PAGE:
But now, since the wording of the pro­vi­sion was sub­stan­ti­ally broa­de­ned in 2014, even an act like contri­bu­ting the GmbH & Co. KG to a cor­po­ra­tion or part­nership, or trans­fer­ring the contri­bu­ted equity in­te­rests or eco­no­mic goods gra­tis to ano­ther ope­ra­ting as­set, ne­ces­sa­rily re­sults in a dis­clo­sure of the app­re­cia­tion la­tent in the contri­bu­ted as­sets. Yet it’s not clear at pre­sent whe­ther ta­xa­tion ap­plies only in those ca­ses where the per­son li­ving ab­road is a part­ner in the GmbH & Co. KG or holds a stake in the equity in­te­rests or eco­no­mic goods. Still more, the ent­ire app­re­cia­tion might be ta­xable im­me­dia­tely. The re­sult is that tax must be paid on gains that have not been rea­li­zed yet. This can re­gu­larly re­pre­sent a pain­ful bur­den for a com­pany’s li­qui­dity and leave it in fi­nan­cial straits.

Ac­cor­ding to the broad wording of § 50i of the Per­so­nal In­come Tax Act, ta­xa­tion may be trig­ge­red even if the ow­ner has now come back to live in Ger­many. And it can’t be ru­led out yet that these tax con­se­quen­ces may even ap­ply to ca­ses that are ent­irely do­mestic, where none of the ow­ners re­si­des out­side Ger­many.

One thing is clear:

if (i) you have a cor­po­rate struc­ture in which the hol­ding com­pany has the le­gal form of a GmbH & Co. KG and ope­ra­tes pu­rely as an ad­mi­nis­tra­tor, and (ii) equity in­te­rests in cor­po­ra­ti­ons or eco­no­mic goods for­ming part of the ope­ra­ting as­sets were contri­bu­ted to that hol­ding com­pany be­fore June 29, 2013, with no net tax ef­fect, and (iii) one of the ow­ners re­si­des out­side Ger­many,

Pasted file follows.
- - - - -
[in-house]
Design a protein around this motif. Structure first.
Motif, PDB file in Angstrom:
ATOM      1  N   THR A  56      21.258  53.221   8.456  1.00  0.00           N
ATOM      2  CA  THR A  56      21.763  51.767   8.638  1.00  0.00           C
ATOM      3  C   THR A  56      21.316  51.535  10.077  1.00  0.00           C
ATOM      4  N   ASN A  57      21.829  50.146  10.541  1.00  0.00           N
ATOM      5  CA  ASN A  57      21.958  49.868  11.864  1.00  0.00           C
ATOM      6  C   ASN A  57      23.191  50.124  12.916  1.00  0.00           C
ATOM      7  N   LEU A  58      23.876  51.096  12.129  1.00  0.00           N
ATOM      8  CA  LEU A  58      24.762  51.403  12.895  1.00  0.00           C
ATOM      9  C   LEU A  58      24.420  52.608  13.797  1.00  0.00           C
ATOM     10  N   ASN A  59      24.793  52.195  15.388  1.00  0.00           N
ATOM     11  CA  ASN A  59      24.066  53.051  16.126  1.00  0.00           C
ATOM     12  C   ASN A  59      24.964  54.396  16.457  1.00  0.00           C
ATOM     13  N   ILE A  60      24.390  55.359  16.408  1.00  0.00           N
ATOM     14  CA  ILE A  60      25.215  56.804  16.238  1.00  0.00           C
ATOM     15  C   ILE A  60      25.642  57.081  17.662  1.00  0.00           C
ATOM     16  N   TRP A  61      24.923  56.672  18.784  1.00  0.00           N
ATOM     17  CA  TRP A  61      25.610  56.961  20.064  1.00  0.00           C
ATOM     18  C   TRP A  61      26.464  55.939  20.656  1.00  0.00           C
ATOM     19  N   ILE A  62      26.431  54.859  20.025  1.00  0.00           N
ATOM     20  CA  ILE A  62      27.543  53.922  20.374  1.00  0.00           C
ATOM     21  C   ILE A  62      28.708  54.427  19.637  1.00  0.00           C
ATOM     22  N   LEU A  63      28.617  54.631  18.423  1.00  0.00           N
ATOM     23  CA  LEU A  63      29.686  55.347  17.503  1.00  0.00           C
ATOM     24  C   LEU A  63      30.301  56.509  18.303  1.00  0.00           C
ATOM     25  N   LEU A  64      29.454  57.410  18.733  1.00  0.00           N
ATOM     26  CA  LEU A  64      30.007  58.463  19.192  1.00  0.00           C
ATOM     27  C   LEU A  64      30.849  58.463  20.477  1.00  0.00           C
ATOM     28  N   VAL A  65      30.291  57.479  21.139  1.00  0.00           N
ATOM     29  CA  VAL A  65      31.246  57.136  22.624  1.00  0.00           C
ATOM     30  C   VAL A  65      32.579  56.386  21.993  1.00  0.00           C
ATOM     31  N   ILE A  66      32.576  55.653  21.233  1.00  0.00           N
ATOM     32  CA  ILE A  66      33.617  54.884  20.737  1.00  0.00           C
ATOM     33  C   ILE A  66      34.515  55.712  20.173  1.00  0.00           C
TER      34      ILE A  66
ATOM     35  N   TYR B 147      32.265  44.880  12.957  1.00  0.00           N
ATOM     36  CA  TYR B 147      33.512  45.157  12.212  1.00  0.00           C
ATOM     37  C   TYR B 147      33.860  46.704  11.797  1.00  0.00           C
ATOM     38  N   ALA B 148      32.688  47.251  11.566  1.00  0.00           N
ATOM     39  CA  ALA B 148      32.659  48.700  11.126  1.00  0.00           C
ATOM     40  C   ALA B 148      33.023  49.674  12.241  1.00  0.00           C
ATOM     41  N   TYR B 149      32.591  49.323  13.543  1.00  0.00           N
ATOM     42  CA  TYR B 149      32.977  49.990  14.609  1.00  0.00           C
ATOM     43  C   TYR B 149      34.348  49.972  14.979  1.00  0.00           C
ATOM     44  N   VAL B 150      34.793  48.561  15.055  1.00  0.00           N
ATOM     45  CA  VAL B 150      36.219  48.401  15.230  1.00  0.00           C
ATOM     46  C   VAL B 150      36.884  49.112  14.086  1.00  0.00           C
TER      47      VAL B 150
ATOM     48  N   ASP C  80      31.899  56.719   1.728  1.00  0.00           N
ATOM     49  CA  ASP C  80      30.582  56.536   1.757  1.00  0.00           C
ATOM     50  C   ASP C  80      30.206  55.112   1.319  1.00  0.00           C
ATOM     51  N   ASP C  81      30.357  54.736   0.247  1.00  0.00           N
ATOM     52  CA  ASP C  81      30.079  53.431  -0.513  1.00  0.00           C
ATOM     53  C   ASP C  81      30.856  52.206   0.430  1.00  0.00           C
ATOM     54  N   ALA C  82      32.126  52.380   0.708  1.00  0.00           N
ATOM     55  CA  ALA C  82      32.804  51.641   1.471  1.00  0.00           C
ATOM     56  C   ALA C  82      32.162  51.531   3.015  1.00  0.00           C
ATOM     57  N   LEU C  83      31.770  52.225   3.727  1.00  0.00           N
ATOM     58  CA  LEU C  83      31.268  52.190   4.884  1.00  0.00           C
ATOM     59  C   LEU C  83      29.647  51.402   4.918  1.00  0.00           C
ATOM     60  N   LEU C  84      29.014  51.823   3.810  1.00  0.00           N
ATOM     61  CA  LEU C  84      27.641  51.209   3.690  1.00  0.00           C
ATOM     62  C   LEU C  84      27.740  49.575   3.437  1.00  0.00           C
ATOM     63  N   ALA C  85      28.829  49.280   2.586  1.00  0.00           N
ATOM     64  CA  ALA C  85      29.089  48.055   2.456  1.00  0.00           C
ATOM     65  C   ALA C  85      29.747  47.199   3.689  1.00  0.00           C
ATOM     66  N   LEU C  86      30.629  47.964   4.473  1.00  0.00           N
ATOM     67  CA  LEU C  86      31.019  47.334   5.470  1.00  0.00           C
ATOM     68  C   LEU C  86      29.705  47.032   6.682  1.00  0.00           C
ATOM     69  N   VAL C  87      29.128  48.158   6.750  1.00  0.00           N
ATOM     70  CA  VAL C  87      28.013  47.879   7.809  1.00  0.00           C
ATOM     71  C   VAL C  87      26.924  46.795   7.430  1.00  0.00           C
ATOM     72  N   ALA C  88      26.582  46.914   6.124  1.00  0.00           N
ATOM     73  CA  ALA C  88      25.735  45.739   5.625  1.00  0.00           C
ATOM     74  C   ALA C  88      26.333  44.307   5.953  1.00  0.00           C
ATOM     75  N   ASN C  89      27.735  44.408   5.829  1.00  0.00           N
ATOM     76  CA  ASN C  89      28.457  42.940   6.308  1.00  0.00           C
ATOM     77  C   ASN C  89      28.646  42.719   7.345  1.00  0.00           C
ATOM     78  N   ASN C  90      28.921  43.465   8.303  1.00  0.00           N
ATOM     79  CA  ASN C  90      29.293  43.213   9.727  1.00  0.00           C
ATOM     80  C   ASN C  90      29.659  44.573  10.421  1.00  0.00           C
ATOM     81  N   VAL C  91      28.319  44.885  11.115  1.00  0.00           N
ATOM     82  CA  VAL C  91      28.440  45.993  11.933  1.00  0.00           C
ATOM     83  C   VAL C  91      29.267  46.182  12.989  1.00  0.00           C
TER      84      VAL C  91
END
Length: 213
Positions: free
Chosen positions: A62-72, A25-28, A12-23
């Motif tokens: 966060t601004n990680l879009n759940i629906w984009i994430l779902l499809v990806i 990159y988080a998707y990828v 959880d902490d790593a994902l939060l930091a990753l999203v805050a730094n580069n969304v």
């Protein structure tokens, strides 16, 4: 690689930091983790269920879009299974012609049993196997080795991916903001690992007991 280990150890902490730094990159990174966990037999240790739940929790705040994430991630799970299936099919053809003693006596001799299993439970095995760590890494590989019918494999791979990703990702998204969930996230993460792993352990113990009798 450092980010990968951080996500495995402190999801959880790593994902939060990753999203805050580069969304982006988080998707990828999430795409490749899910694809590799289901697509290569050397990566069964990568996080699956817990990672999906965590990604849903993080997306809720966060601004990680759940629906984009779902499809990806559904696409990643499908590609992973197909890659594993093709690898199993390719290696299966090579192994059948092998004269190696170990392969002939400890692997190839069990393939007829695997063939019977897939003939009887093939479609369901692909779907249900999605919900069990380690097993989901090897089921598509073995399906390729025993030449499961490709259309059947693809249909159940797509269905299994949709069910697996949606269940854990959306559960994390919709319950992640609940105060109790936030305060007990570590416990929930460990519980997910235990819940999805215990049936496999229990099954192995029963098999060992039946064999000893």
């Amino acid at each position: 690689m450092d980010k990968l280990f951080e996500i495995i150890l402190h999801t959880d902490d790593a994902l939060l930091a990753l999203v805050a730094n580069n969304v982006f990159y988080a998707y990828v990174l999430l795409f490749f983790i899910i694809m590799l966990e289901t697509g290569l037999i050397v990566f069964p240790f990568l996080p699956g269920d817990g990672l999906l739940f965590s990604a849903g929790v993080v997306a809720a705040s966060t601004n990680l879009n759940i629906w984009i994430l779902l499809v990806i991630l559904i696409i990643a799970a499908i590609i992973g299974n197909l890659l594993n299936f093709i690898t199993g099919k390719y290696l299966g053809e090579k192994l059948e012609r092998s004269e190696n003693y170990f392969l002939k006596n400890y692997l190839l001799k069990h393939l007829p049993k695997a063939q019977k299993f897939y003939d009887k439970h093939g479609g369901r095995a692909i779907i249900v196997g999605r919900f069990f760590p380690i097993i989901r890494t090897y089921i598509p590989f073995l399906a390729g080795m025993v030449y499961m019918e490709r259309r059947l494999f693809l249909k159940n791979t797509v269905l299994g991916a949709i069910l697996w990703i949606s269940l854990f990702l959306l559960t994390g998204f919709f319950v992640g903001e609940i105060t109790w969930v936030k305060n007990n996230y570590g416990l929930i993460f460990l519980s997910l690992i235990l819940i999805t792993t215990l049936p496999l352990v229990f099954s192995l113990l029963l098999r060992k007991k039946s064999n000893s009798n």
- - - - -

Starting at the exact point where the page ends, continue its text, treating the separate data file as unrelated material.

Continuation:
then be­fore you make any change in cor­po­rate struc­ture or any change in the ac­tivi­ties of the GmbH & Co. KG, you should check whe­ther the change will trig­ger ta­xa­tion. The tax ad­mi­nis­tra­tion is not pro­vi­ding any bin­ding in­for­ma­tion yet. But at least you could cla­rify in ad­vance whe­ther you can mi­ni­mize your tax risk by using some other struc­tu­ring op­tion.

In an age of glo­ba­liza­tion, when spen­ding se­veral years ab­road has be­come al­most a ba­sic pre­re­qui­site for fu­ture cor­po­rate lea­ders, these re­gu­la­ti­ons cause im­mense prac­tical pro­blems. And once again, one finds that re­qui­re­ments of law that are in­ten­ded to avert tax ar­ran­ge­ments iden­ti­fied as per­ni­cious must be gi­ven tho­rough con­side­ra­tion if they are not to ham­per the le­gi­ti­mate in­te­rests in busi­ness suc­cess of com­pa­nies that are ac­ting with no hid­den tax agenda wha­te­ver. Le­gis­la­tors would be well ad­vi­sed to re­view these pro­vi­si­ons once again. At the very least, the tax ad­mi­nis­tra­tion should make an ef­fort to is­sue an ad­mi­nis­tra­tive di­rec­tive or­de­ring the most re­stric­tive pos­si­ble ap­pli­ca­tion of § 50i of the Per­so­nal In­come Tax Act, and thus make at least a small contri­bu­tion to le­gal cer­tainty.